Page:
Fighting for Polish Independence from the Rubens at the Palace
Even in the luxurious enclave of the Rubens, high society fêtes had no place during World War II. In the hotel rooms where debutantes had pinned their hair and chosen their jewels before the war, Polish officers debated military strategy and intelligence reports. World War II began when Germany and the Soviet Union conquered and divided Poland in 1939. The government fled, intent on recovering Poland’s independence. Winston Churchill offered the Polish military the Rubens as its headquarters in exile.
General Wladyslaw Sikorski, the Polish Prime Minister and Commander in Chief, embodied his country’s hopes during the war. He led his staff from the Rubens. Sikorski had been a soldier since he was a teenage insurgent fighting for Polish independence from Prussia, Russia, and Austria-Hungary before World War I. Medals for valor and ancient symbols of Poland decorated his uniform. No one could say whether his decades in the military had shaped his commanding character, or if he had thrived in the military because of his ease with power.
Churchill would remain Sikorski’s closest ally throughout the war, but Sikorski courted British politicians of all stripes. He reminded them of Britain’s promises to Poland and his countrymen’s suffering as they sipped tea in the gilded suites of the Rubens. Sikorski’s minuscule army that had escaped before the occupation could not retake Poland. But Sikorski used his men to build a debt of blood. He wanted to guilt the British into fighting for Polish independence, and so he wanted his men at the front lines. Walking through the streets of London during the Blitz, a passerby may have spied a poster of a Polish soldier proudly gripping the wing of an English plane. Sikorski’s propaganda reminded London that Polish pilots fought in the Royal Air Force. Along with Britain’s bravest pilots, they defended London from the Luftwaffe as it tried to bomb the city into submission just as it had Warsaw. Sikorski’s men made up a fifth of the RAF in 1940. Polish pilots took down nine Luftwaffe planes for every man they lost, a rate that the British envied. But the Polish had no reinforcements, and they watched their squadrons dwindle as Germans picked off their comrades.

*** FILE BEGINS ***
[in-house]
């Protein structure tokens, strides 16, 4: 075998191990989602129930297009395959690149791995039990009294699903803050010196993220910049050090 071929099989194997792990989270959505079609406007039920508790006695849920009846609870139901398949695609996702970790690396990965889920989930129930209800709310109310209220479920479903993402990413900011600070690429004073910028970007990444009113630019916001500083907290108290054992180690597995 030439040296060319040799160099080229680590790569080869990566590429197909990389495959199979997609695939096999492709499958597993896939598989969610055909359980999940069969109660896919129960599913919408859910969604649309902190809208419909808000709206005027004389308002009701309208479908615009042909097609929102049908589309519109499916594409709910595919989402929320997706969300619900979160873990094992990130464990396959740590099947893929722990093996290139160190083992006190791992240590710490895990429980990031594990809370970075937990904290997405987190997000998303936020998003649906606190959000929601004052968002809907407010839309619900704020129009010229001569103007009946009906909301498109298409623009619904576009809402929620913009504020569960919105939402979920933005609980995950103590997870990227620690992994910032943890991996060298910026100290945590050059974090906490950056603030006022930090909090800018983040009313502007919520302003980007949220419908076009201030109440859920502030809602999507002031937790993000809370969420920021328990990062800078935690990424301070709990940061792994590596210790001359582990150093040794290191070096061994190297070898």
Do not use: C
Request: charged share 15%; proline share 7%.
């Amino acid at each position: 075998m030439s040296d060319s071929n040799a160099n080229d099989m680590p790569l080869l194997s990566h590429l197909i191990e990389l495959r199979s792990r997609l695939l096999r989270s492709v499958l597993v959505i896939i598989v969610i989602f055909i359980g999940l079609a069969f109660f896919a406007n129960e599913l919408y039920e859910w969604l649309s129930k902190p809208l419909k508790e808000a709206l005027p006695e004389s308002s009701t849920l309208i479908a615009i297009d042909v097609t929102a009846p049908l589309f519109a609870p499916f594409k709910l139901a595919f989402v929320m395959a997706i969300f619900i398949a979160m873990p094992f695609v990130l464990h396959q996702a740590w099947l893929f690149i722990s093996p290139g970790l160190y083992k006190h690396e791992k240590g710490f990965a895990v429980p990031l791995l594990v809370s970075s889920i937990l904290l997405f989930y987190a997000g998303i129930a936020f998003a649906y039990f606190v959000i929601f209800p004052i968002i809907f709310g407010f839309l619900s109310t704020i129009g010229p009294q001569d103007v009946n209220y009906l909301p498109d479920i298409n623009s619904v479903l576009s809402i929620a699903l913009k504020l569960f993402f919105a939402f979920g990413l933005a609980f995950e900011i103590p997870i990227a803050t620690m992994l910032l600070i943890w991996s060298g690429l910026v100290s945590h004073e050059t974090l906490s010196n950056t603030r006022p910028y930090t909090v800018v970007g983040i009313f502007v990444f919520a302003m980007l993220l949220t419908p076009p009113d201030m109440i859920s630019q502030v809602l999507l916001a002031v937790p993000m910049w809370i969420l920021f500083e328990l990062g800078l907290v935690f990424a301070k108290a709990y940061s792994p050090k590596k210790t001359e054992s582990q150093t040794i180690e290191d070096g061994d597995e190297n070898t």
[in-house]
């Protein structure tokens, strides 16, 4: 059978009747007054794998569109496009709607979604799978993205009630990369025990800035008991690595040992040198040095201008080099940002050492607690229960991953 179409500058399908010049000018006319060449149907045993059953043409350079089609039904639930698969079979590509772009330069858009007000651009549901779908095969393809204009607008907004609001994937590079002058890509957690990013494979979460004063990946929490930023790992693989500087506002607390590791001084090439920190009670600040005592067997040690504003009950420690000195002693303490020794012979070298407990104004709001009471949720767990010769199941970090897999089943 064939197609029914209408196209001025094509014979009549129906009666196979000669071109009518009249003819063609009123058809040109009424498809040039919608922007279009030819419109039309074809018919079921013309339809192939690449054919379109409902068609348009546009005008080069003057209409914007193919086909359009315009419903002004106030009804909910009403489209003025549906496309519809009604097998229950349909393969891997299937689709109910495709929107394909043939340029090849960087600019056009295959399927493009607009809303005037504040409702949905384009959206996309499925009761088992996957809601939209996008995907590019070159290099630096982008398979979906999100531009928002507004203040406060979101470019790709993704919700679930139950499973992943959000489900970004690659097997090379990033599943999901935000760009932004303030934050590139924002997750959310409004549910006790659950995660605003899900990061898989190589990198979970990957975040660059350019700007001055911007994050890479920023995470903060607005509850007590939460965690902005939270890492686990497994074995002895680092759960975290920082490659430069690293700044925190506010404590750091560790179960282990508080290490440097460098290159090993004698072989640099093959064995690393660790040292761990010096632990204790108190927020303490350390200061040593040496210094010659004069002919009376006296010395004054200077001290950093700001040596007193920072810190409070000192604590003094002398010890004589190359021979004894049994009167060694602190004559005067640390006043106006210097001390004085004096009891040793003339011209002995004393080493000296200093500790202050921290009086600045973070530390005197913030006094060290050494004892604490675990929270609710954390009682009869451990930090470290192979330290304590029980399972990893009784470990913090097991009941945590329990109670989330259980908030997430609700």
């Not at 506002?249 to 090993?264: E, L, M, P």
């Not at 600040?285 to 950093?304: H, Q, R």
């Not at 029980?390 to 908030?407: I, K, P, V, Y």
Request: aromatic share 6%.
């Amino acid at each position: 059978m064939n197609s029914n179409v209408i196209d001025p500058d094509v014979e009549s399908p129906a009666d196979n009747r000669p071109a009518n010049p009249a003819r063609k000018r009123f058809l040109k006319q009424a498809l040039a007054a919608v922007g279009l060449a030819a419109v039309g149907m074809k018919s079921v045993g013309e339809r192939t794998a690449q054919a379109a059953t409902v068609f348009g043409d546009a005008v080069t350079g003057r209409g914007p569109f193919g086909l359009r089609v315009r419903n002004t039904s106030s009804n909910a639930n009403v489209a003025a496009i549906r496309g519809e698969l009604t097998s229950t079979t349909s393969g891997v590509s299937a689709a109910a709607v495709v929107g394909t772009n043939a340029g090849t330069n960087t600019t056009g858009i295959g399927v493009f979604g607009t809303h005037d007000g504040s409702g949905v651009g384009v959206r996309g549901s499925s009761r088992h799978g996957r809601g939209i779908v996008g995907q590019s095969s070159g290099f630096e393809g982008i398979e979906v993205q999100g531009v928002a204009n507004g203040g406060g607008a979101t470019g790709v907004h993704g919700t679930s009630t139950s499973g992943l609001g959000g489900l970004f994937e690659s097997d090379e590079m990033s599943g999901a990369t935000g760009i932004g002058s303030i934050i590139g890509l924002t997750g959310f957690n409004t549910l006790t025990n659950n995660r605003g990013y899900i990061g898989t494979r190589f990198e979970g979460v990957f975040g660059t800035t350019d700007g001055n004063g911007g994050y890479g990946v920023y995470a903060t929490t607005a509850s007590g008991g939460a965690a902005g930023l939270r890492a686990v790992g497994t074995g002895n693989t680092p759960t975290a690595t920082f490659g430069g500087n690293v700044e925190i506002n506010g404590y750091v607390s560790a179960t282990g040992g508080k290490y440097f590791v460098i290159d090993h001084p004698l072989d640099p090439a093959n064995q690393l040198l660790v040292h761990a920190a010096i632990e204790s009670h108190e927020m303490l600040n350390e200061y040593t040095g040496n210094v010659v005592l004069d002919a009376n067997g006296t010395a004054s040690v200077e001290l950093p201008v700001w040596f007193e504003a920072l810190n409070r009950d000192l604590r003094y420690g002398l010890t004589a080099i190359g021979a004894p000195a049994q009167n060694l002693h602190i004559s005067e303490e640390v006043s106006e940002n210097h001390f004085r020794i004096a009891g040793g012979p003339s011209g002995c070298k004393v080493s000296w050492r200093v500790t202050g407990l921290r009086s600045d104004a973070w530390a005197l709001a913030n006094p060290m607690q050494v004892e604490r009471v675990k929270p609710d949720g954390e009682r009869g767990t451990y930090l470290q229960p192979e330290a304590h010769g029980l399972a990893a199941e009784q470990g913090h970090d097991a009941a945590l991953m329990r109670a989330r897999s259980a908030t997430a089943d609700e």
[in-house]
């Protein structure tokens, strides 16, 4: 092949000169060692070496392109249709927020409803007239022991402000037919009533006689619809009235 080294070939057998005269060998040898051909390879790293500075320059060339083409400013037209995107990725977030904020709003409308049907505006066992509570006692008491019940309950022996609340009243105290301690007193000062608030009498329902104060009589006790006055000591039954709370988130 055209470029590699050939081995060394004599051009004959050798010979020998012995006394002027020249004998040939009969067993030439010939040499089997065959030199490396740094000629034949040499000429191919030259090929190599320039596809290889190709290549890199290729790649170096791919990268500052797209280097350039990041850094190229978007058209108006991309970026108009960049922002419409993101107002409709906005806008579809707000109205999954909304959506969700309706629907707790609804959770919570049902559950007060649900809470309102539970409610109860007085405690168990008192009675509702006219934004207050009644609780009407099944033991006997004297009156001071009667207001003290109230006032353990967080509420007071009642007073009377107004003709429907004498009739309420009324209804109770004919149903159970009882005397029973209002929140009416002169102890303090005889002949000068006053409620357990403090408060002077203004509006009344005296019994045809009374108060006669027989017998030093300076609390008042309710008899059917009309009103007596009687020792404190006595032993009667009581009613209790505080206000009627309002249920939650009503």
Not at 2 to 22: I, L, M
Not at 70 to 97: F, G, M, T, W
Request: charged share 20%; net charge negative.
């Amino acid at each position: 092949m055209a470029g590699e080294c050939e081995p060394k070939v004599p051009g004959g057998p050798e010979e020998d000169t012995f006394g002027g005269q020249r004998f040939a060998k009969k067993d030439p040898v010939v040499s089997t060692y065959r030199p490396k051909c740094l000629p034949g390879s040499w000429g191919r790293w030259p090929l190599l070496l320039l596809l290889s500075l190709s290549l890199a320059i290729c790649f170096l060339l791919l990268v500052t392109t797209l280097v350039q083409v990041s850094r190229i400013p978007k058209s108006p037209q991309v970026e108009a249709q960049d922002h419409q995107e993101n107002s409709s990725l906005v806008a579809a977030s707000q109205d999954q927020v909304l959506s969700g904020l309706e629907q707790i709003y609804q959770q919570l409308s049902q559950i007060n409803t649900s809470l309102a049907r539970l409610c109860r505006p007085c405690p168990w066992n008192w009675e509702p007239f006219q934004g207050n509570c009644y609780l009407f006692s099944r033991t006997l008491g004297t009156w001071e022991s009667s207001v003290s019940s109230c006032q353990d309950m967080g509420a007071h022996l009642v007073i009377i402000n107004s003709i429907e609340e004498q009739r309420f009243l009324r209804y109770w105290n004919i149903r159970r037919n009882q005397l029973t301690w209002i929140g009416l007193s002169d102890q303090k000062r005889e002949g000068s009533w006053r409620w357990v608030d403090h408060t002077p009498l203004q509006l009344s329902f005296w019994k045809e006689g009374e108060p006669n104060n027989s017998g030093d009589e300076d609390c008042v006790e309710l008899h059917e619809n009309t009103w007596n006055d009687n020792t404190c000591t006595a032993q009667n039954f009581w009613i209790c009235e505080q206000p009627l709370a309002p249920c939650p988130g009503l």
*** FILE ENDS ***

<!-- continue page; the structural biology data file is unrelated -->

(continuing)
Sikorski and the Polish government in London also had the loyalty of the largest resistance to Nazi occupation in all of Europe. Over 400,000 Poles joined the underground Polish Home Army to sabotage German supply lines and save more Jewish lives from the Holocaust than any other country. At the Rubens, Sikorski’s staff filtered through the reports from a sophisticated network of spies before passing intelligence on to the British. Polish intelligence aided Allied campaigns as far away as North Africa. Sikorski’s staff may have handled reports from Witold Pilecki, a cavalry officer who willingly entered Auschwitz to gather intelligence on the concentration camp. He revealed Germany’s genocidal vision to the Allies. As the war ground on, the Polish supplied over 40% of all British intelligence from occupied Europe.
Polish interests suffered when the Soviet Union and Britain came together to defeat Germany. The Soviets wanted to keep the territory they had conquered within Poland’s pre-war borders, and Churchill could not let Poland sour the alliance with the Soviets. Sikorski was the only Polish leader who held sway with the Allies. When he died suddenly in 1943, Poland’s hope for a democratic nation with its prewar borders died with him. His death remains one of the great mysteries of World War II. On his return from a trip to North Africa, his plane tumbled into the ocean just moments after take-off. “Now Poland is lost!” cried a Polish officer who watched from the tarmac. No inquest could conclude whether sabotage or an accident was to blame. Today, Sikorski’s memory lives on at the Rubens where a plaque commemorates his work and tragic death.